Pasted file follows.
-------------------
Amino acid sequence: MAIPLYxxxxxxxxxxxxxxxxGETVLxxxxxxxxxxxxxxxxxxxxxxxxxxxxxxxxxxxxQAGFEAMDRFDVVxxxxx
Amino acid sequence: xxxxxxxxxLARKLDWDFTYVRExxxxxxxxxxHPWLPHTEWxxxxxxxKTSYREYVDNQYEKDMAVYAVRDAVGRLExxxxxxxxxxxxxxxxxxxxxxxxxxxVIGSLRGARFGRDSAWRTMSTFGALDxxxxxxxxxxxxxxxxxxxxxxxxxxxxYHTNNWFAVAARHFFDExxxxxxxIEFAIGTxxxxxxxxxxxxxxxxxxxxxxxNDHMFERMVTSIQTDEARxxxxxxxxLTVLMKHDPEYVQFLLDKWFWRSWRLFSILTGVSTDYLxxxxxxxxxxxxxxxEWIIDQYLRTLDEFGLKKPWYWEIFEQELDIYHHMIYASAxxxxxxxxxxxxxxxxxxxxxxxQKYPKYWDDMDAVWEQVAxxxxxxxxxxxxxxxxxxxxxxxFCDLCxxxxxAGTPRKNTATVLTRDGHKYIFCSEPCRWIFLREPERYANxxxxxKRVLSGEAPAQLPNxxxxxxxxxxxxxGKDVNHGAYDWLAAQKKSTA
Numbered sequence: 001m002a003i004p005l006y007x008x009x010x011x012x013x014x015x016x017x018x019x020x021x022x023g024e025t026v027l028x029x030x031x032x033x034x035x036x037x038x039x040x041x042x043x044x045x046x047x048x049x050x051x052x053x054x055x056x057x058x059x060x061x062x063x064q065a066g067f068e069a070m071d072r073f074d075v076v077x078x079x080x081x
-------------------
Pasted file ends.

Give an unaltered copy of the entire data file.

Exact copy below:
Amino acid sequence: MAIPLYxxxxxxxxxxxxxxxxGETVLxxxxxxxxxxxxxxxxxxxxxxxxxxxxxxxxxxxxQAGFEAMDRFDVVxxxxx
Amino acid sequence: xxxxxxxxxLARKLDWDFTYVRExxxxxxxxxxHPWLPHTEWxxxxxxxKTSYREYVDNQYEKDMAVYAVRDAVGRLExxxxxxxxxxxxxxxxxxxxxxxxxxxVIGSLRGARFGRDSAWRTMSTFGALDxxxxxxxxxxxxxxxxxxxxxxxxxxxxYHTNNWFAVAARHFFDExxxxxxxIEFAIGTxxxxxxxxxxxxxxxxxxxxxxxNDHMFERMVTSIQTDEARxxxxxxxxLTVLMKHDPEYVQFLLDKWFWRSWRLFSILTGVSTDYLxxxxxxxxxxxxxxxEWIIDQYLRTLDEFGLKKPWYWEIFEQELDIYHHMIYASAxxxxxxxxxxxxxxxxxxxxxxxQKYPKYWDDMDAVWEQVAxxxxxxxxxxxxxxxxxxxxxxxFCDLCxxxxxAGTPRKNTATVLTRDGHKYIFCSEPCRWIFLREPERYANxxxxxKRVLSGEAPAQLPNxxxxxxxxxxxxxGKDVNHGAYDWLAAQKKSTA
Numbered sequence: 001m002a003i004p005l006y007x008x009x010x011x012x013x014x015x016x017x018x019x020x021x022x023g024e025t026v027l028x029x030x031x032x033x034x035x036x037x038x039x040x041x042x043x044x045x046x047x048x049x050x051x052x053x054x055x056x057x058x059x060x061x062x063x064q065a066g067f068e069a070m071d072r073f074d075v076v077x078x079x080x081x